During the fighting, Newton was unable to stay with his wife and family on their farm, and he and Rachel became, in effect, a married couple who later raised children and had grandchildren together.
General Polk's determined effort to capture Newton's men failed. "All the Confederate cavalry, artillery, and crack infantry regiments had done was give him temporary pause. Nor had they solved the larger problem of desertion in the ranks: only 20 percent of the five thousand active deserters in Mississippi had been caught and returned to duty."
Non-slave-owning "poor white trash" deserted from the Confederate army in large numbers for four main reasons. They hated being treated like dirt by the slave-owning officers. They hated the Confederate government for allowing men who owned twenty or more slaves to remain at home with their families while poorer men were conscripted. They hated the Confederate government for sending agents to attack their wives--robbing them of food and the means to keep themselves and their children alive while their husbands were away. And they were unwilling to risk their lives to defend the institution of slavery. In fact, they believed in equality of all human beings. Newton Knight and his followers were Baptists who "practiced foot washing, lay preaching, and egalitarian worship in unadorned buildings. The central tenet of their faith was that all humans were equal in God's eyes and infused with God's spirit. 'God is no respecter of persons' was one of their favorite passages from the Bible. Another was: 'Remember them that are in bonds, as bound with them; and them which suffer adversity, as being yourselves also in the body.'"
The "poor white trash" of Mississippi formed an alliance with the slaves against the Confederate slave-owning elite. As Jenkins and Stauffer write: "Also, every day more blacks liberated from plantations came into the swamps to join the struggle."
The poor whites of Mississippi who fought the Confederacy alongside slaves did so because of working class values that they shared with slaves. The fact that poor whites may have believed some racist lies about blacks that constituted the dominant ideas of the day is not nearly as important or significant as the fact that their working class values led them to ally with slaves to fight the racist ruling class. Racism came from the upper class, and anti-racism came from the working class--black and white--in Mississippi during the Civil War.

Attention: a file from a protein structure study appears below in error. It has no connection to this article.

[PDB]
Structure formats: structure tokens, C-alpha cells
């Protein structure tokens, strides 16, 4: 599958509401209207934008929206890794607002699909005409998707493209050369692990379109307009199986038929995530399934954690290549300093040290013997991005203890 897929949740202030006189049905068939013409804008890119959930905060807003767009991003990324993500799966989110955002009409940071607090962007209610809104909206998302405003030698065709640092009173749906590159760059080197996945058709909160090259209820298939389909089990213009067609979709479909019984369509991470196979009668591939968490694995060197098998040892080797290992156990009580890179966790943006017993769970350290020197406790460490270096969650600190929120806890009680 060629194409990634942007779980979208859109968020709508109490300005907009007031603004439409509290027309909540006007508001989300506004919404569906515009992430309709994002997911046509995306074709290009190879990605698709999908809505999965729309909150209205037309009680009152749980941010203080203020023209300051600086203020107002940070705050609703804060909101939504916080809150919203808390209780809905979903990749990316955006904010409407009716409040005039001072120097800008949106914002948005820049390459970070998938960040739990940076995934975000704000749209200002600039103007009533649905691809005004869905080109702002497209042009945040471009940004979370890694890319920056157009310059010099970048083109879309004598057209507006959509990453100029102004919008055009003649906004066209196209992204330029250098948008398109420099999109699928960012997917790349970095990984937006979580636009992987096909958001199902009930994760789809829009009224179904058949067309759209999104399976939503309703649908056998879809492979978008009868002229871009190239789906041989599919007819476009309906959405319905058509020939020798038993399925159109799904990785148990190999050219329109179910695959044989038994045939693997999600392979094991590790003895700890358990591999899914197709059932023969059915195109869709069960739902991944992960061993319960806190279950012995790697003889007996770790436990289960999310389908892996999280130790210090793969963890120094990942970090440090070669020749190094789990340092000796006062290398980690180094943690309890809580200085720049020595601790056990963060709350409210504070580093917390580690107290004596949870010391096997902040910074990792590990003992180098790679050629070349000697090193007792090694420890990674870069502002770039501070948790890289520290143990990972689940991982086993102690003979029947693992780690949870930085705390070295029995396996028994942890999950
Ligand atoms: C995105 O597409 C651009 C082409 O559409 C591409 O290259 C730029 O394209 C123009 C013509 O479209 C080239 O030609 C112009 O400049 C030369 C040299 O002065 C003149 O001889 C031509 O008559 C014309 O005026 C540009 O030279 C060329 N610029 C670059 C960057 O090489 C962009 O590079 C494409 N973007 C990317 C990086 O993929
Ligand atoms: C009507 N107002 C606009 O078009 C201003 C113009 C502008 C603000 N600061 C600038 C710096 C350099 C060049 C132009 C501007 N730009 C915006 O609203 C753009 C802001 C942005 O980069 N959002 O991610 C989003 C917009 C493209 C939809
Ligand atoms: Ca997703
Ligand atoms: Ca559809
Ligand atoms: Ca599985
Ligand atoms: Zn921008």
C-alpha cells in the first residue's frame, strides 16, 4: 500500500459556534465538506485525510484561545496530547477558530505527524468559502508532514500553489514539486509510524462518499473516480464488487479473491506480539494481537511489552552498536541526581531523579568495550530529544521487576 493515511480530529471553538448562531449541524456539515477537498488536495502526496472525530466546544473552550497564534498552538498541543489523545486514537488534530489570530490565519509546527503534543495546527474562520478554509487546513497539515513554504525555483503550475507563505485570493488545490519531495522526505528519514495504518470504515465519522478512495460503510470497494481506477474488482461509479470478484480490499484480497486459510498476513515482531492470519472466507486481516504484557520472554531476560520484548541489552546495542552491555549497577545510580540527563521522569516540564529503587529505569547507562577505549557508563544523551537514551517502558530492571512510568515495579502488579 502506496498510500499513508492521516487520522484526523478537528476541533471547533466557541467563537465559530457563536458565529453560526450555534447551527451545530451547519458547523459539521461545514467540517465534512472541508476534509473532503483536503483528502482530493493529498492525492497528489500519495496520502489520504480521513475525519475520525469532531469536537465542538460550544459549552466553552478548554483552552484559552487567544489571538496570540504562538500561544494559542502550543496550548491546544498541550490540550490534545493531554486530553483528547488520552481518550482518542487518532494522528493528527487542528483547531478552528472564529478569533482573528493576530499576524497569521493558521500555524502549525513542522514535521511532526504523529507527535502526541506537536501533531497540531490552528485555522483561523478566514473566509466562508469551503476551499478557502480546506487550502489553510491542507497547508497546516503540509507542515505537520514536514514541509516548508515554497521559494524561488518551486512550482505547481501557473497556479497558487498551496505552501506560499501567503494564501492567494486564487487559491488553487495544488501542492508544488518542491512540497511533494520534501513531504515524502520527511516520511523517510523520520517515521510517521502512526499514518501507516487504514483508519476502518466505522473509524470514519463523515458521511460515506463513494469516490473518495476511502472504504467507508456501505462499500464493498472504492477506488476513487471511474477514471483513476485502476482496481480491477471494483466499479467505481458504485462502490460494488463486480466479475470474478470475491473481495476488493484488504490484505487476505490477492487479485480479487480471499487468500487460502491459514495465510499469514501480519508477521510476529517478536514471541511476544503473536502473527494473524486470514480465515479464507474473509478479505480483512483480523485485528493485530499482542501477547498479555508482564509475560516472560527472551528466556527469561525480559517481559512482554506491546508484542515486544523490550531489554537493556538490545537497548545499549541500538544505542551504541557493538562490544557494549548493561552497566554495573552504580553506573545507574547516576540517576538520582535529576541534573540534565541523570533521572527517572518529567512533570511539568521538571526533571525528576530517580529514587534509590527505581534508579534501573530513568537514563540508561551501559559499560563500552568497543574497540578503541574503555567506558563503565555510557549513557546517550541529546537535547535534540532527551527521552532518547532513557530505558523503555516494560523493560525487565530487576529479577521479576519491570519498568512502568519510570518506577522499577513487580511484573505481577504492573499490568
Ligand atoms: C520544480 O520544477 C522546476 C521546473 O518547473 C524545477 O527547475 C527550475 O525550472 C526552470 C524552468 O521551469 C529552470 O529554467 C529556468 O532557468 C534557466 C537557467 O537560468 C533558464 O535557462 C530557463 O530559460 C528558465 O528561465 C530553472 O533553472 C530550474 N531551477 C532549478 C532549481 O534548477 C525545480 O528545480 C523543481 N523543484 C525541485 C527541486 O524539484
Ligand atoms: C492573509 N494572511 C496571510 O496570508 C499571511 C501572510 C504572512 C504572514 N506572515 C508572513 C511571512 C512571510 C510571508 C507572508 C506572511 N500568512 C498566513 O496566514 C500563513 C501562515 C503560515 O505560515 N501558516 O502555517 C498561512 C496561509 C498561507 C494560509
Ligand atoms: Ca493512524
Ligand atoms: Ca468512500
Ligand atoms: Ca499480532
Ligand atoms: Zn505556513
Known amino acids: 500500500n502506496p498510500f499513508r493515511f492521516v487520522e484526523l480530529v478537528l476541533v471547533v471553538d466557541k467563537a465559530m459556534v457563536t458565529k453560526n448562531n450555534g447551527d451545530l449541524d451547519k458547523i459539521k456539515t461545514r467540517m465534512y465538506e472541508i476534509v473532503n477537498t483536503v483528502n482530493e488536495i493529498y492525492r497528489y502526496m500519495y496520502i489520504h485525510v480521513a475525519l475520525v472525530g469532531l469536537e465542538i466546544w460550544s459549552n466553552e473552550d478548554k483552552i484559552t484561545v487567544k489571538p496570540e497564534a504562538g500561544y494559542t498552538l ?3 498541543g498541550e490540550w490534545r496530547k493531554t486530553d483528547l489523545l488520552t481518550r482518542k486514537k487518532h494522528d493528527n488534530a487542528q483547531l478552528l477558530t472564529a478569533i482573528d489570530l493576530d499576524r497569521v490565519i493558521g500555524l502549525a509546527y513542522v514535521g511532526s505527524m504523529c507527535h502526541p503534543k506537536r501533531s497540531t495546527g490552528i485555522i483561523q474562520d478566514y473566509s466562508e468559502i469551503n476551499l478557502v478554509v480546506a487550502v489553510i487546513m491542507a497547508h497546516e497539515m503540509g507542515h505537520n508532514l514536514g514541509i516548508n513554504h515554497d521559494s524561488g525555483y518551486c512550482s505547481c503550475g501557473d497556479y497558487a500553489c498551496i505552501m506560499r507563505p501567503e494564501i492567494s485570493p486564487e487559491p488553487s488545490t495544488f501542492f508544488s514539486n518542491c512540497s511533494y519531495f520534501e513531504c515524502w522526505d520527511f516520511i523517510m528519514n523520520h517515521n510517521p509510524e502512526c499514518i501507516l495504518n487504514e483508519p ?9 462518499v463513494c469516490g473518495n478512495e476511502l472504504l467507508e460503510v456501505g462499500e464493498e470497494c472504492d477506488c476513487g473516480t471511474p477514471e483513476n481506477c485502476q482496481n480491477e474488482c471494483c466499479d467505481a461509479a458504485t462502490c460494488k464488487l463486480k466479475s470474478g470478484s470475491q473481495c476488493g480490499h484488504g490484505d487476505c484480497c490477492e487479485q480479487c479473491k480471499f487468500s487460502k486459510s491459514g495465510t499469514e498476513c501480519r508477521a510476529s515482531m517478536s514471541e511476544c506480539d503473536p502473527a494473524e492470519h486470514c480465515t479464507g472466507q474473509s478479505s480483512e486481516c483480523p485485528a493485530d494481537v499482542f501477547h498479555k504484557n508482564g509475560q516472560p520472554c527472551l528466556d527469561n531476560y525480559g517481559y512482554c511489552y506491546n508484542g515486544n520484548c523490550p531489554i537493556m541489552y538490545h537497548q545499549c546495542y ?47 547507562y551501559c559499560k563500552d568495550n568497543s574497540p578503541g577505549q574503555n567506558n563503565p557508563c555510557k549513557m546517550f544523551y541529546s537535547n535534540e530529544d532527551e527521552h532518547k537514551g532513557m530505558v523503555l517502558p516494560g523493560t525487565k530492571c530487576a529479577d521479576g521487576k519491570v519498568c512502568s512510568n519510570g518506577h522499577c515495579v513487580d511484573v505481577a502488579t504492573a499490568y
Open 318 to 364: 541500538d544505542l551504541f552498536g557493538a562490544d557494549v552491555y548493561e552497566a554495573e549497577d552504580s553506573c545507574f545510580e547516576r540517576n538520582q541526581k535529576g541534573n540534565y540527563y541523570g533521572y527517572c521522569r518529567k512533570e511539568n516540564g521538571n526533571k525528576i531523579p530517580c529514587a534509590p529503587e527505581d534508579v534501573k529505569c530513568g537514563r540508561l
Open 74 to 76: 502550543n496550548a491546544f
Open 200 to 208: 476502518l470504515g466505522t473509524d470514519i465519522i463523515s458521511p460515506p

Poor Whites Joined Poor Blacks to Fight Jim Crow and the Ku Klux Klan in the 1930s
In the 1930s throughout the South, black and white tenant farmers united in the Southern Tenant Farmers Union against the large landowners and the Ku Klux Klan and Jim Crow laws, and waged successful strikes for better conditions. At BlackPast.org one can read this account:
For much greater detail about the STFU, its inter-racial character, its fight against the Ku Klux Klan and the Jim Crow laws that made even their integrated meetings of the union illegal, read Mean Things Happening in this Land: The Life and Times of H.L. Mitchell, Co-Founder of the Southern Tenant Farmers Union by H. L. Mitchell.
Racism and Class
Enslaving black people and spreading the racist lie that blacks were inferior in order to legitimize their enslavement--these were things that the upper class of slave owners did. These were things that only people with the real power in society were able to do. Working class whites along with blacks have been forced to live their lives in a world dominated by the rich ruling class that uses its power to enforce racist practices, from the slavery of the past to the Jim Crow laws that followed it to the current disproportional imprisonment of blacks resulting from a "war on drugs" carried out by a ruling class that uses drugs to control poor people at home and abroad.